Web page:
The orgy of shopping has begun in the West. For those of you living in the United States, you no doubt saw the graphic images from the Black Friday sales as shoppers rushed to grab the latest gadgets. Around the world that same perspective is also in play as people seek to gain wisdom and understanding through a lifestyle of consumption.
Consumerism is so deadly because it tries to convince you that gratifying a felt need will lead to happiness and fulfillment. With that conviction so central to our global economy today, it is no wonder that we are convinced that our purchases will lead us to understanding. This has also spurred forward growth of private colleges selling education as a consumable that leads to a better quality of life.
We are told each day by thousands of voices that our next purchase will help us make wise and discerning decisions about our job, family, friends and lifestyle. But the only decision most marketers are concerned about is the decision to purchase their product. All the other promises made are secondary to that primary goal.
So consumers seeking direction from the brands that they look up to continually purchase their products and wait for enlightenment. But rarely does discernment come from these sources. In the fallout people get disillusioned and convince themselves that they aligned with the wrong brand of car, tablet, sweater or other consumable.
Our team at GMI is always striving to model what it looks like to make Godly decisions. And the last thing we want to do is reinforce consumerism’s harmful values. At the same time we do sell products. Why? Because products can be powerful tools to guide us to Spirit-led discernment. We don’t believe your purchasing of our product will give you wisdom, but we do believe that God can use a well-crafted resource to give you insight.
In the end God is the one who uses any tool He sees fit to guide us in the way we should go. How are you looking at the products in your life? Are you seeking insight from the things you consume or from God?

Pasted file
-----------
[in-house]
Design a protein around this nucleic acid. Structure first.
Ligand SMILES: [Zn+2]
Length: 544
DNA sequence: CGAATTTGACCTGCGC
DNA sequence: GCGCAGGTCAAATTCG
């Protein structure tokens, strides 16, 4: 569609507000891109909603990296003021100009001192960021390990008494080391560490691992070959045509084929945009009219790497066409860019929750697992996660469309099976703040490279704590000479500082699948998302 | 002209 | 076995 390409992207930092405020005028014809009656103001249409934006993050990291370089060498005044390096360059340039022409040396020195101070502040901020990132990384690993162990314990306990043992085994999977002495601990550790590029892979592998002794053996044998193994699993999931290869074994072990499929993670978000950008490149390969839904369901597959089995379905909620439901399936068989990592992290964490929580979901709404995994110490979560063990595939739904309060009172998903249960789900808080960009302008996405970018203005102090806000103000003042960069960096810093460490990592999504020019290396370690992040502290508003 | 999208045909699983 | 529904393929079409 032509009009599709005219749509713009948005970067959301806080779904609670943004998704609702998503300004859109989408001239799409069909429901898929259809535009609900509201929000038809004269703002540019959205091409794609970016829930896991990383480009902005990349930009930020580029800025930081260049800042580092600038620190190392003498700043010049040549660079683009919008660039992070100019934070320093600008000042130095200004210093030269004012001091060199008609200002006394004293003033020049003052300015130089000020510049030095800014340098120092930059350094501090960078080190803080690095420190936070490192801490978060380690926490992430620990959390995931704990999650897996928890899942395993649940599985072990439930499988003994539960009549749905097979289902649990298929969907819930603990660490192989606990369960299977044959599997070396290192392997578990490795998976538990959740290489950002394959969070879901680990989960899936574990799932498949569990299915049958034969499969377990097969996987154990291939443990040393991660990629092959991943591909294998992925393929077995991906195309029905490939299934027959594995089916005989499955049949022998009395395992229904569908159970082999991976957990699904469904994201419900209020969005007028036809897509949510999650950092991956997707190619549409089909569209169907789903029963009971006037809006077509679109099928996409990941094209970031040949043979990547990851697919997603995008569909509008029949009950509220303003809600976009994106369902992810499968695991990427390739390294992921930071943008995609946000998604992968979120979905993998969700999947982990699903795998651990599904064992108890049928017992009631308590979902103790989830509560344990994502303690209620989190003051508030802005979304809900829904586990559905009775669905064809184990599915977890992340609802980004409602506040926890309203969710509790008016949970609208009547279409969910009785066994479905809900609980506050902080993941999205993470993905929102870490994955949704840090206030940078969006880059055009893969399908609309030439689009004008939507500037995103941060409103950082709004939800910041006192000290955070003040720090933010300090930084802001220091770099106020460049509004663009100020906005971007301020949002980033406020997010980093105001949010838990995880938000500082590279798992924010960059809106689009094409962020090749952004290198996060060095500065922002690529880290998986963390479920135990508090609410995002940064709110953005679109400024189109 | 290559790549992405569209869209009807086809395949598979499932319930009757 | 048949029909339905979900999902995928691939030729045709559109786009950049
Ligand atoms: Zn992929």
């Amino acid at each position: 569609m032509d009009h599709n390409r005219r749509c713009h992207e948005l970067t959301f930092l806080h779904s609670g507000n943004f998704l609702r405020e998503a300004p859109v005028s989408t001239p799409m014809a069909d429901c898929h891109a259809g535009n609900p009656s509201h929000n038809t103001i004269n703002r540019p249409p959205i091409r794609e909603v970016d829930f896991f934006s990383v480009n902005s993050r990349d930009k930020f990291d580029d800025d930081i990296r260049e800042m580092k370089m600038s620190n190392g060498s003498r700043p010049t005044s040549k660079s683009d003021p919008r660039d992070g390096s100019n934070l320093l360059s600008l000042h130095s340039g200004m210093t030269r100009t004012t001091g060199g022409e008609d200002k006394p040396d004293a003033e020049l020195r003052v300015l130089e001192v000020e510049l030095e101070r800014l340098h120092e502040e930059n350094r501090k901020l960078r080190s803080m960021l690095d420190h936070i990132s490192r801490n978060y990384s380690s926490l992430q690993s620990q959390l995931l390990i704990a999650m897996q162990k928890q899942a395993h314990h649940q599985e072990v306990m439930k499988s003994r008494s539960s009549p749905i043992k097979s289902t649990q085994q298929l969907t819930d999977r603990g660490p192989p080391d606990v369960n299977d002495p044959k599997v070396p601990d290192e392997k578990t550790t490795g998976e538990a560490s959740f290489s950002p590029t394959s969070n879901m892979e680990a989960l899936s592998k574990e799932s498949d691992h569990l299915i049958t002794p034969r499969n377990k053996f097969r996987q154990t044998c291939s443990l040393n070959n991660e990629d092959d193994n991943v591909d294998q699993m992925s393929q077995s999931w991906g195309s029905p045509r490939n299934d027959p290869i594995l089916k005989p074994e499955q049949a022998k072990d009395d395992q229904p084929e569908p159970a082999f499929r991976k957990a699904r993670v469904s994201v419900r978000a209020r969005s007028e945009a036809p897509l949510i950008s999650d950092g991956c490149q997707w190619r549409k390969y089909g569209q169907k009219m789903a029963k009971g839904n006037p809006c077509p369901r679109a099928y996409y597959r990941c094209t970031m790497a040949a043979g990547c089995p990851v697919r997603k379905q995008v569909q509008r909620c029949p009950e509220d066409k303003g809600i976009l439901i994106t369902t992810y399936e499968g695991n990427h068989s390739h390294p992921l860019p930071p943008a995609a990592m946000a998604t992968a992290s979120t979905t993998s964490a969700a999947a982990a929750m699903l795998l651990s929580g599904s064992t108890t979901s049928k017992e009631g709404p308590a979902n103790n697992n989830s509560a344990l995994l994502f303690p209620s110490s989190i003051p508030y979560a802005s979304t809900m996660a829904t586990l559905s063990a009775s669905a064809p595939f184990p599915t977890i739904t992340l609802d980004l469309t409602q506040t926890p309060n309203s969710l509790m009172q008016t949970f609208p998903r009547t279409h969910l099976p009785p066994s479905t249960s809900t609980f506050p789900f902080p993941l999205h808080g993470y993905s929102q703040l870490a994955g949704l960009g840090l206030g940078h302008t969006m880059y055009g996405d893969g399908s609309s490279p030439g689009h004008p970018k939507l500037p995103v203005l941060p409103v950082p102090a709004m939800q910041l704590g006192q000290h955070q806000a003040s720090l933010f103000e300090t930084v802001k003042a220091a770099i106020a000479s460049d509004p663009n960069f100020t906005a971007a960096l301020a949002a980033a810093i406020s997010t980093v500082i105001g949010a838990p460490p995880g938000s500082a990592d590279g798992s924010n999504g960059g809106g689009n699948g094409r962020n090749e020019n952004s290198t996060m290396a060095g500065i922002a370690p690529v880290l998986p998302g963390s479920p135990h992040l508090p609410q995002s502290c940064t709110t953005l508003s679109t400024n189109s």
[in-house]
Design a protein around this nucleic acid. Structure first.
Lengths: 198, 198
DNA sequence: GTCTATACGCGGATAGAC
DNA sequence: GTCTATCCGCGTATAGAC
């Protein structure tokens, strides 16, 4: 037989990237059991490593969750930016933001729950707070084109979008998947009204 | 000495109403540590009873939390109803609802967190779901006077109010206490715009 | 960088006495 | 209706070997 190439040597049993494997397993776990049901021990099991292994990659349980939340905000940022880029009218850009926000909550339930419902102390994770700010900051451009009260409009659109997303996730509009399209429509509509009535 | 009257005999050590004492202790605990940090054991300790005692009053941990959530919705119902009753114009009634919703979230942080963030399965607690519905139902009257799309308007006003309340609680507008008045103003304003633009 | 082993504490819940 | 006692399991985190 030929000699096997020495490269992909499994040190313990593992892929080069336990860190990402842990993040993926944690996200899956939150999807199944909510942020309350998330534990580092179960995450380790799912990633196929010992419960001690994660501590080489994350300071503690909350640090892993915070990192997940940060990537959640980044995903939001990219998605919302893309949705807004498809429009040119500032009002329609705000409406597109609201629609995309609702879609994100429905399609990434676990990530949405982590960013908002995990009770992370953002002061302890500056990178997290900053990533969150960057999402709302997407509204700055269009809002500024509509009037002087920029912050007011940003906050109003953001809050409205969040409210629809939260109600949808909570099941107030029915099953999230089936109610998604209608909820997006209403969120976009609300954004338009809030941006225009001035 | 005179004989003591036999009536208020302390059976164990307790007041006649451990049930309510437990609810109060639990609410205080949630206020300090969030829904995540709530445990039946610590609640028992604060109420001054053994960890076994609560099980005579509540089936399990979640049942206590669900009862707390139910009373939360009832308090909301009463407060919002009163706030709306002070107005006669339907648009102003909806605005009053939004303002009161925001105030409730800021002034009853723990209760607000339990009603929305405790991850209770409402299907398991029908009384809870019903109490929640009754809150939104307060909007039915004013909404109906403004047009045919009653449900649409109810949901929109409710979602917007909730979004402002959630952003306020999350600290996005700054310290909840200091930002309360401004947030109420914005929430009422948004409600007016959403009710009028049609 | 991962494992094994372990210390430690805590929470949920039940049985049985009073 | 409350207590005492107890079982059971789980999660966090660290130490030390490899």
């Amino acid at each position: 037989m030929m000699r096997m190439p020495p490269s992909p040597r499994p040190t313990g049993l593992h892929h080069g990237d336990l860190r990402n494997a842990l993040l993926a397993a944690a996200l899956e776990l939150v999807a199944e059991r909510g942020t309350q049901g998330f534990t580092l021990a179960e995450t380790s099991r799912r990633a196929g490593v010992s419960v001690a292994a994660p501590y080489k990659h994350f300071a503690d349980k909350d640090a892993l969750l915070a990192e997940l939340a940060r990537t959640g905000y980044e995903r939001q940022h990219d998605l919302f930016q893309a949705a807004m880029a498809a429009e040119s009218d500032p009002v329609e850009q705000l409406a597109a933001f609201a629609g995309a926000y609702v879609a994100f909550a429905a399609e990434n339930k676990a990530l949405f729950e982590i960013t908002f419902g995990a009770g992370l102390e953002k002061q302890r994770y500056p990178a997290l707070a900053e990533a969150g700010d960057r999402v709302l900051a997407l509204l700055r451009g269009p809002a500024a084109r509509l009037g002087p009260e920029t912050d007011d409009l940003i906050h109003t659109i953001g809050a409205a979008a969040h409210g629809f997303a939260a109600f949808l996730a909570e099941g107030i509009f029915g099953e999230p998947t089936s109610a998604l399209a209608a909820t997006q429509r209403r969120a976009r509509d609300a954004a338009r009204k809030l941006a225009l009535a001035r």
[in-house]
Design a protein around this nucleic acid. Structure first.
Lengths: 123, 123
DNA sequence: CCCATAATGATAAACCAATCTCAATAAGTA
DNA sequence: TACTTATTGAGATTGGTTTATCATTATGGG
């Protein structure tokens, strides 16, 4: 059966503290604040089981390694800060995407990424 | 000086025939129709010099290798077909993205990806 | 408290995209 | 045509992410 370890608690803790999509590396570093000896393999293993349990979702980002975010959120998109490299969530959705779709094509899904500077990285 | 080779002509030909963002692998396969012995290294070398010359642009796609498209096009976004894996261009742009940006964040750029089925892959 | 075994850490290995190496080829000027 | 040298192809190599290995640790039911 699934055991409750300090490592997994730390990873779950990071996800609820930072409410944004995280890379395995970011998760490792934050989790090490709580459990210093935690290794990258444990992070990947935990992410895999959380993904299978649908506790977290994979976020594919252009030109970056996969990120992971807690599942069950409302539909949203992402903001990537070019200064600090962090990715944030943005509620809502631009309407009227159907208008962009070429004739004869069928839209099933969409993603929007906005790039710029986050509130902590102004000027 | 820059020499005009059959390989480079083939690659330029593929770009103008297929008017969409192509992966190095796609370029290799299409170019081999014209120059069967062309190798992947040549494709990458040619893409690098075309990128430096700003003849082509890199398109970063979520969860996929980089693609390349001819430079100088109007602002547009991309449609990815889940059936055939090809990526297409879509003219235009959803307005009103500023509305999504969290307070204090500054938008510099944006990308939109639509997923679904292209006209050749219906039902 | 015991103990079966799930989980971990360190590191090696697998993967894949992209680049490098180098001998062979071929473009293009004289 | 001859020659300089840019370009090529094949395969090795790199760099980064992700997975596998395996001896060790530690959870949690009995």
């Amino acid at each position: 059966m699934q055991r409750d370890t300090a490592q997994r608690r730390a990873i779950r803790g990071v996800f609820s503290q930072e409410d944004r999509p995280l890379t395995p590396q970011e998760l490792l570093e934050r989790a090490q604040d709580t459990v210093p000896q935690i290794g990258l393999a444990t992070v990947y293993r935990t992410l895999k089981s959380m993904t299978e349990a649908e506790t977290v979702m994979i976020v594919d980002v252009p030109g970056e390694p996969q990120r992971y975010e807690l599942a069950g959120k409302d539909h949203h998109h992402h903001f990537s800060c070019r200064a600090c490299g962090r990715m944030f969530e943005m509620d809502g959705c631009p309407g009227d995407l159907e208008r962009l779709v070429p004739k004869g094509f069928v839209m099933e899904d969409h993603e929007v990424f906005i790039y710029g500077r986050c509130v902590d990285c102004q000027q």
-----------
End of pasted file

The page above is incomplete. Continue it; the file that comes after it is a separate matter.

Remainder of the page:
What happens when the decisions you think are made bathed in prayer and the Holy Spirit’s guidance fall apart? It does happen . . . and for many reasons too numerous to list here in this blog. What do you do?
This weekend CNN released an extensive story of the dramatic events around Charles and Andy Stanely’s relationship, falling out and reconciliation. It is quite story. One that I was not aware of. As I read it and think about the dynamics at work in the Stanley home and in their public ministry, I thought, “I bet they wondered why things fell apart as God seemed to be blessing so much of their work.”
This is an important question as we consider what it means to make Spirit-led decisions. It is important because our assumption is that a decision bathed in prayer is guaranteed to succeed. But that simply is not true.
A Kingdom decision is not so much a moment of accomplishment as a step in a process. And like any step, it can come right before a fall. We can make an excellent decision in one area and then find ourselves stumbling in another. We can feel God’s hand of blessing in one area and his hand of discipline in another.
That is because God is using our decisions as tools to shape our lives. He is highlighting His work through us and also the sin in our lives that must be dealt with. Each decision is part of that process of seeing God at work in exalting His name.
So as you look at the decisions in front of you this week and the situations that seem to be unraveling, don’t question God’s work through what you decide. Simply know that as you seek to ask for the Holy Spirit’s guidance, there will be some decisions that have wildly successful outcomes and others that look like failure. But God is using each one to mold you into His servant on His mission in this world. And His mission is what truly matters